The Chinese government has been extending online propaganda to other nations in a bid to influence public opinion about the regime. Recently, a group of online trolls from China started attacking Uyghur causes. The group is believed to be supported by the Chinese Communist Party (CCP).
Trolling the Uyghur cause
In April this year, pro-Uygur Facebook pages “Talk to East Turkestan” and “Uyghur World Congress” saw a massive influx of CCP supporters who posted numerous pictures of happy people in Xinjiang to insinuate that Uyghur persecution was a myth. Many of them commented that the Facebook pages resembled terror groups, no different from ISIS.
One of the posts of the “Talk to East Turkestan” page received a stunning 1,400 comments in just a few hours. “We’re happy that this is happening because it means that the things we are sharing is angering the CCP (Chinese Communist Party)… The Chinese are trying to downplay our efforts,” Arslan Hidayat, one of the editors of the TET Facebook page, said in a statement (Bangkok Post).
Photos posted on Facebook pages have the Diba Central Army logo, which is a group of about 20 million people known to spread strong pro-Beijing propaganda online. They are also known as the “50 Cent Party” or the 50 Cent Army, since it is believed that these people are paid to post patriotic comments on social media. The group divides its members into platoons who scour social media for any post deriding CCP policies and then puts up several comments with an opposite view. The idea is to exploit the algorithm of social media platforms like Facebook so that the public ends up seeing their spam comments first.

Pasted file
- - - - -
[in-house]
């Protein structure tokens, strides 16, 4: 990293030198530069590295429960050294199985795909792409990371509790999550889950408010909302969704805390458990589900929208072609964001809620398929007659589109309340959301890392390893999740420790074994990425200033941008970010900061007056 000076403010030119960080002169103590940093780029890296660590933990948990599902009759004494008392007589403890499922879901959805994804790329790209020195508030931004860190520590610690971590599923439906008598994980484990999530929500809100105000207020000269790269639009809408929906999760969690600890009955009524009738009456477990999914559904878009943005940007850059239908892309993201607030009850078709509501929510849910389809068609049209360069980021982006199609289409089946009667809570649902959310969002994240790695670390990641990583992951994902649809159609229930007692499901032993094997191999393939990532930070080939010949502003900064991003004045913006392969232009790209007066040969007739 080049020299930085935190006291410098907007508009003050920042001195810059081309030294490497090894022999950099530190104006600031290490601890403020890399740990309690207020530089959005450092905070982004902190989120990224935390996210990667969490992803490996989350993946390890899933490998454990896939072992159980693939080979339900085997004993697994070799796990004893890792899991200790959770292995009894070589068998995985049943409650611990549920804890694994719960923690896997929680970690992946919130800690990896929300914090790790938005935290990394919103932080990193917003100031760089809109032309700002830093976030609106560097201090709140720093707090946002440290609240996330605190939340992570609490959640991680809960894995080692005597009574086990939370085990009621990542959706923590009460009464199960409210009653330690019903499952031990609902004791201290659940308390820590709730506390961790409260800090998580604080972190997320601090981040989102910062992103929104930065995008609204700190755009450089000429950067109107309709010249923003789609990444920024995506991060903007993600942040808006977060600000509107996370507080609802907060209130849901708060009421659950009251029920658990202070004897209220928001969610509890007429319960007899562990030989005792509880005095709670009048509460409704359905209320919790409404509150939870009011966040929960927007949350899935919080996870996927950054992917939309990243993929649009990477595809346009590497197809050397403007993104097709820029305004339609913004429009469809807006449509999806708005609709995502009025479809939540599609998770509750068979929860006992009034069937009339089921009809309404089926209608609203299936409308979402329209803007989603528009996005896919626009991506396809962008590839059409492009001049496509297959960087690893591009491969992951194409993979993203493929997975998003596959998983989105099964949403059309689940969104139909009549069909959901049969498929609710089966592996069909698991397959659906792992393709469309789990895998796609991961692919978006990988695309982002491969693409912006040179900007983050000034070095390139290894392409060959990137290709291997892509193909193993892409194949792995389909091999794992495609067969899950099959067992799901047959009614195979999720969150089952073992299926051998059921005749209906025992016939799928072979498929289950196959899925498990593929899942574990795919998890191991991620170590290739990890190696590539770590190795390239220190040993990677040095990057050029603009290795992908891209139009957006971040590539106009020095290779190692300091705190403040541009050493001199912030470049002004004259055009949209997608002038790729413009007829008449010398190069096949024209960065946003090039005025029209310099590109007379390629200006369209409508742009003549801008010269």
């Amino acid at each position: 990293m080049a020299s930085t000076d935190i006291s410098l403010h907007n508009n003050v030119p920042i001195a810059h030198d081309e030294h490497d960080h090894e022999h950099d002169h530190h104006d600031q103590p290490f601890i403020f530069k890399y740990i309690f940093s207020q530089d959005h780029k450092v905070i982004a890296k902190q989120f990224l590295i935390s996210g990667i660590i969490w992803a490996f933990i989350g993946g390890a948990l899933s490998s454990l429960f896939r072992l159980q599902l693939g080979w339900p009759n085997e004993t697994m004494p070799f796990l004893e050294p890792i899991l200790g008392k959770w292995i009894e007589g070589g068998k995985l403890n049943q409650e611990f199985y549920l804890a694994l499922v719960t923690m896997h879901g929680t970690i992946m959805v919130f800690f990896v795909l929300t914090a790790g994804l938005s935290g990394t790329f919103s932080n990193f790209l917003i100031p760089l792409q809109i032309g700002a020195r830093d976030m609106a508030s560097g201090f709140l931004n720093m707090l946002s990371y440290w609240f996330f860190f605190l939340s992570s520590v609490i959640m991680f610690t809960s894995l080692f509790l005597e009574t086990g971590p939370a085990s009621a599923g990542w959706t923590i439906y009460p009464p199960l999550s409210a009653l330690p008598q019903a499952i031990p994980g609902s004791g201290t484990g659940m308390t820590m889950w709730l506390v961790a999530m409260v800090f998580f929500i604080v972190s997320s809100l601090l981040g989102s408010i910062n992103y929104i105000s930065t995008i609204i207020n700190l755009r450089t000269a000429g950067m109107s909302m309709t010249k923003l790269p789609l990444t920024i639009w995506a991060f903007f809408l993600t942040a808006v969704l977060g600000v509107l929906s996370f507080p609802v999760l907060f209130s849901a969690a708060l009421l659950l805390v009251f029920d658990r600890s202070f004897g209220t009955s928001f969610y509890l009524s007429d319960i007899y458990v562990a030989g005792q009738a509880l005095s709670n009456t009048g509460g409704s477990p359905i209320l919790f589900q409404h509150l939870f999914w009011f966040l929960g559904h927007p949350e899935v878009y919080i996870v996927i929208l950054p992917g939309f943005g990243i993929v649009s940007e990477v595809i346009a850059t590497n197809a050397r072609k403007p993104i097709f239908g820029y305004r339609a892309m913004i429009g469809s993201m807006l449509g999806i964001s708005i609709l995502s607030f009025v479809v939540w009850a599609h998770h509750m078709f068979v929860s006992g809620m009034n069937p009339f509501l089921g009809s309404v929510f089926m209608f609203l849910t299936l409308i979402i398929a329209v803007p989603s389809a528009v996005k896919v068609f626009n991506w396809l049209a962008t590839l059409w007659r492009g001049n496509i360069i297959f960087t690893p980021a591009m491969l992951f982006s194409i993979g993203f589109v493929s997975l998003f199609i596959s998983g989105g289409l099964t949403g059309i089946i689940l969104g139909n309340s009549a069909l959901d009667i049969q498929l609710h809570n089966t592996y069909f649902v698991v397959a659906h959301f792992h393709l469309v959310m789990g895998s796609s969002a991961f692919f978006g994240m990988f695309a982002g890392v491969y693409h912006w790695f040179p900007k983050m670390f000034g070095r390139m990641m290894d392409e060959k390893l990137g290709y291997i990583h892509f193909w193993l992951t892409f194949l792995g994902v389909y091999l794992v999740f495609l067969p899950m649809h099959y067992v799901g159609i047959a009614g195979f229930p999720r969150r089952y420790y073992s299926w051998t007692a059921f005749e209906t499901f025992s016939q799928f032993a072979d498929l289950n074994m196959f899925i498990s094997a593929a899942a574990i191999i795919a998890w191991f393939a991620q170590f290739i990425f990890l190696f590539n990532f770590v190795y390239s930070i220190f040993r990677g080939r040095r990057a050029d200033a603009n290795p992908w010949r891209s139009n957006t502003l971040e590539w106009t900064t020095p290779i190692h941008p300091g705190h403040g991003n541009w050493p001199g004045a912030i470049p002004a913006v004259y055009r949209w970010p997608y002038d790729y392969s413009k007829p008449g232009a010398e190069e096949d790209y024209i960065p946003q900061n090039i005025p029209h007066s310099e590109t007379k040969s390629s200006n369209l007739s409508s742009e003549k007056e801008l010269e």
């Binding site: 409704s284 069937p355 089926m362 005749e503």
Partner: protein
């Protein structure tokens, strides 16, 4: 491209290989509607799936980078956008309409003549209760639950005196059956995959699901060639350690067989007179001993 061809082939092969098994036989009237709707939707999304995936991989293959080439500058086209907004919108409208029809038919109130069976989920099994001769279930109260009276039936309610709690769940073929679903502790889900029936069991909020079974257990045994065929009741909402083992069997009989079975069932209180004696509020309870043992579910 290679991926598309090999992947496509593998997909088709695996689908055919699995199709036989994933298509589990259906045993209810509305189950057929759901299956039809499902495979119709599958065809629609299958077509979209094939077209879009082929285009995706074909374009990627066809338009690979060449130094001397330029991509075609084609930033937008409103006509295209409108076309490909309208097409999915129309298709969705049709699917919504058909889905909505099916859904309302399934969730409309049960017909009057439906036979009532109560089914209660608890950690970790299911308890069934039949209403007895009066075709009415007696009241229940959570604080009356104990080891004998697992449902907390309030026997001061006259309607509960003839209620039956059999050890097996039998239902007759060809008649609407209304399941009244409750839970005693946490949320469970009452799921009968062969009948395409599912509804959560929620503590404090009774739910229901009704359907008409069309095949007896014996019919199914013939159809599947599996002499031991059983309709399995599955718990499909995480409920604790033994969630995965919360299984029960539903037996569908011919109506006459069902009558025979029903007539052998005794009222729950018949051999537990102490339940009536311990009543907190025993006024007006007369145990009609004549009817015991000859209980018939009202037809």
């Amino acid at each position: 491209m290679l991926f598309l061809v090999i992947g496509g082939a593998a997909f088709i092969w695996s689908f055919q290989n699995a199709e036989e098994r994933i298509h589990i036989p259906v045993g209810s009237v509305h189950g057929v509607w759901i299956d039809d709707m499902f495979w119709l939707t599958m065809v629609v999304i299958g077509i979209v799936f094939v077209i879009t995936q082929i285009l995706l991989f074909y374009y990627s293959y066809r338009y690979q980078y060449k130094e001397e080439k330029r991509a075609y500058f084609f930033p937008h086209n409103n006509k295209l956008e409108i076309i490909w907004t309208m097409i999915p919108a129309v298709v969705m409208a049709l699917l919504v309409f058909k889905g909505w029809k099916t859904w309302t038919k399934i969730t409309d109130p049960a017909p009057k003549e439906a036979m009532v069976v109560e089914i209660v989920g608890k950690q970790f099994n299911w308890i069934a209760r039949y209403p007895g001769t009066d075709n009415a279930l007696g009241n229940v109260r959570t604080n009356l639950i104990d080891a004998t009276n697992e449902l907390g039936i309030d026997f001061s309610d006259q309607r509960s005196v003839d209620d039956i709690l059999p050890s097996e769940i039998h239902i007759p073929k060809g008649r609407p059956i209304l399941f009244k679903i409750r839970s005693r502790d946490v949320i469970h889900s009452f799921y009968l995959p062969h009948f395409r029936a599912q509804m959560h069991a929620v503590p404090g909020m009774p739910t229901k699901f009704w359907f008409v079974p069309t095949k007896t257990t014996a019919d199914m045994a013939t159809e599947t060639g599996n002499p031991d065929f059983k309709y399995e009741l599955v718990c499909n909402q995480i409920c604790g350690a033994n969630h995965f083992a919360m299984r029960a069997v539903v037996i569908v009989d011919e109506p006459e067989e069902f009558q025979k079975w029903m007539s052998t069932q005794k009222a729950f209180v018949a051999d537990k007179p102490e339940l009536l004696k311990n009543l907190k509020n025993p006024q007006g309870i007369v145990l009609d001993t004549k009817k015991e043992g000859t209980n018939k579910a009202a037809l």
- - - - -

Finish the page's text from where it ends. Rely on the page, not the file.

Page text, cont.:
Facebook is working to find a way to detect and disrupt such spam comments. “In this case, we have removed content and accounts that violate our policies, and will continue to investigate and take action on any abusive behaviour we find… We know our job is never done when it comes to finding and removing abuse, and we’ll continue to invest in the teams, technology, and tools required to reduce abuse on our platform,” a company spokesperson said in a statement (Daily Mail).
Erasing culture through marriage
China is also promoting marriages between Han and Uyghur ethnicities so as to slowly erase the cultural identity of Uyghurs. For instance, inter-ethnic students are given double the number of bonus points in some entrance exams. Some counties also offer cash rewards for marriages between people of different ethnicities. In Qiemo County, the government announced US$1,500 for the first five years of marriage between a Han and any ethnic minority. Social media is bombarded with videos promoting such marriages.
Party leaders believe that these policies will assimilate Uyghurs into mainstream Han culture. “Chinese policymakers and sociologists have long viewed high rates or high instances of inter-ethnic marriage as a kind of proxy symbol for social cohesion and national integration… There’s a great deal of mutual suspicion and distrust between the two groups, but that doesn’t stop the party-state from trying to push the agenda,” James Leibold, a professor at La Trobe University, said in a statement (The New Arab).
But despite the efforts of the government, marriage rates between Han and Uyghurs remain very low because of historical tensions between the two communities. According to estimates, only 0.2 percent of Uyghurs were married to Han people as of 2010.